Thursday, November 3, 2016

If this is Thursday it must be postcards, 271

Painted Hills, John Day Fossil Beds National Monument, Oregon

Are these the Merry-Go-Round Mountains from L. Frank Baum’s Land of Oz books?  No, although I thought of those imaginary mountains as soon as I saw the Painted Hills on this postcard published by Discover Your Northwest, John Day Fossil Beds National Monument, Kimberly, Oregon.  The card has the alphanumeric code JODANM-P017-DYNW2013 but no photography credits.

Ancient soils called Paleosols that were built up from volcanic ash coupled with the climate through the ages have produced the bands of color on these hills.  The Painted Hills cover 3,132 acres of the John Day Fossil Beds National Monument and represent one of three units in the monument.  The black bands are lignite a soil made up of vegetative matter that grew along the floodplain.  Siltstone, mudstone and shale make the grey colors.  The red bands are laterite soil from deposits in the floodplain when the climate was warm and humid.  

Lake deposit fossils of plant material

This second postcard shows lake deposit fossils of plant material from the John Day area from about 33 million years ago.  It was published by the Northwest Interpretive Association and has the alphanumeric code JODANM-P009-NWI2006 with photo credit to Natural Light Photography.
The fossils found here are not dinosaurs but mammals such as early horses, camels and rhinoceroses and plants.   Fossils were discovered here in 1864 when a company of soldiers was sent to protect mining camps from raids by Northern Paiutes.  Samples were given to Thomas Condon, a missionary and amateur geologist who recognized the scientific value and importance of the fossils.  He returned with the soldiers and he found rich fossil beds near Sheep Rock in 1865.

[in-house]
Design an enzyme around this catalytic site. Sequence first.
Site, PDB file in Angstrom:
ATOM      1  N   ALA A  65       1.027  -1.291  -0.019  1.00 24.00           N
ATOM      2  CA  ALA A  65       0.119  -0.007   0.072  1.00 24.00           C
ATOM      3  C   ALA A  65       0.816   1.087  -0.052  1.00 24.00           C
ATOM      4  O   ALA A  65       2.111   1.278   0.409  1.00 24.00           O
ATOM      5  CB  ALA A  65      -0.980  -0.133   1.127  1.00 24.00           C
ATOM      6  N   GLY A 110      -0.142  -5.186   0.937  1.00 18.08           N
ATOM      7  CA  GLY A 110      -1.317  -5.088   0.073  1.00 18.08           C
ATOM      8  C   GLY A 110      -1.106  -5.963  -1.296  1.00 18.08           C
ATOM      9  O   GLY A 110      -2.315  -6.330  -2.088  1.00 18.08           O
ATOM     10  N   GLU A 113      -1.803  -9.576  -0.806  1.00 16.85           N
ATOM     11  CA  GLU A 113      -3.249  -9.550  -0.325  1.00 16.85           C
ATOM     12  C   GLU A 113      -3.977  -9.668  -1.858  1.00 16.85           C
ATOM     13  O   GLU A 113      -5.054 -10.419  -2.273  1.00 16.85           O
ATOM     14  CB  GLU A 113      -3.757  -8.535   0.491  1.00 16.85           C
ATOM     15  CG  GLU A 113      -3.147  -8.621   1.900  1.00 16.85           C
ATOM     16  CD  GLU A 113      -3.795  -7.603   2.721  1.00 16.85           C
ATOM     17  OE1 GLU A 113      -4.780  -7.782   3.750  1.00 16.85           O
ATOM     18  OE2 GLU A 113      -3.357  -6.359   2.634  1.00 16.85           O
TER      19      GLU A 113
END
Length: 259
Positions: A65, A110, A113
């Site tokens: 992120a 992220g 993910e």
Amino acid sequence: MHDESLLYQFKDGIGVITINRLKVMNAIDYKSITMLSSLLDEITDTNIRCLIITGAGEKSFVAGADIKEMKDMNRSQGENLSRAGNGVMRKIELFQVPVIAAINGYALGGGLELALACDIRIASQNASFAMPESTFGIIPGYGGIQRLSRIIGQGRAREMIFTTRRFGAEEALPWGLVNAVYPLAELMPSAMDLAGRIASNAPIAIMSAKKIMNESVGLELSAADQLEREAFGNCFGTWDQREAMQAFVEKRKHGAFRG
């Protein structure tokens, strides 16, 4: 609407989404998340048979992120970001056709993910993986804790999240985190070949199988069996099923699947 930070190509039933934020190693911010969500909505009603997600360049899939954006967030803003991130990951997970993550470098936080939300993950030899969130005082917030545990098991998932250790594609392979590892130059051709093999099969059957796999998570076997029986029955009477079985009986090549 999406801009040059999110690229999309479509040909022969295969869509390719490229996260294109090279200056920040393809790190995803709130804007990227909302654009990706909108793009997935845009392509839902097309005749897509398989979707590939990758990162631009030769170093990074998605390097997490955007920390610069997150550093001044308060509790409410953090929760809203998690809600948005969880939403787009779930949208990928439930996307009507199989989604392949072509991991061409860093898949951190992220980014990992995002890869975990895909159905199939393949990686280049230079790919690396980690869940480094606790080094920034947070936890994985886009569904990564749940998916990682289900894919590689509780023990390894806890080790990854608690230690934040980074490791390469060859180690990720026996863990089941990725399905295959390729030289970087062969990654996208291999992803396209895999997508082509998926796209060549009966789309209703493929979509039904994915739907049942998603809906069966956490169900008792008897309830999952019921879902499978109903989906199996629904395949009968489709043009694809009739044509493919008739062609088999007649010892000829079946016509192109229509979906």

Thomas Condon Visitor Center

Even though the area and river are named for John Day who arrived in 1812 with a group heading overland to the Pacific Fur Company in Astoria, the new visitor center is named for Thomas Condon in recognition of his scientific contribution preserving the fossils.  The center opened in 2005 and has many exhibits and fossil samples well worth stopping to see.   Entrance to the park and the visitor center are free.  There are a number of trails, overlooks and picnic tables that are open year-round during daylight hours.  There are also restrooms, a bookstore, classroom, and drinking fountains in the visitor center.  Rangers give indoor and outdoor talks.  There is a short film and places to hike or take walking tours.  The Park Service has installed some solar panels to provide electricity not only for some of the buildings but also for an electric vehicle used by the Rangers and hopes to make the entire park carbon-neutral in the future.

 Above is an example of one of the displays in the visitor center where the artifacts are shown and an artist rendition of what it must have looked like at the time the animals lived there.

A window into the area where the work is done preserving the fossils for display

The area was named for John Day because of an incident that occurred and was retold enough times to become folklore.  He and a companion were robbed of all their belongings including their clothing as they traveled through the area and had to be rescued by trappers heading to Astoria.  Whenever people passed by the place where Day had been robbed the story was related and eventually what had been called the Mah-hah River was changed to the John Day River.  

John Day River

The visitor center is located approximately 20 miles east of the Painted Hills.  It was blazing hot the day we visited however we decided to walk up to the Painted Hills viewpoint to take a few pictures.  It is hard to describe and I don’t think the photos capture the intensity of the colors but it is truly an amazingly stunning and beautiful place.

Sheep Rock

Views of the Painted Hills

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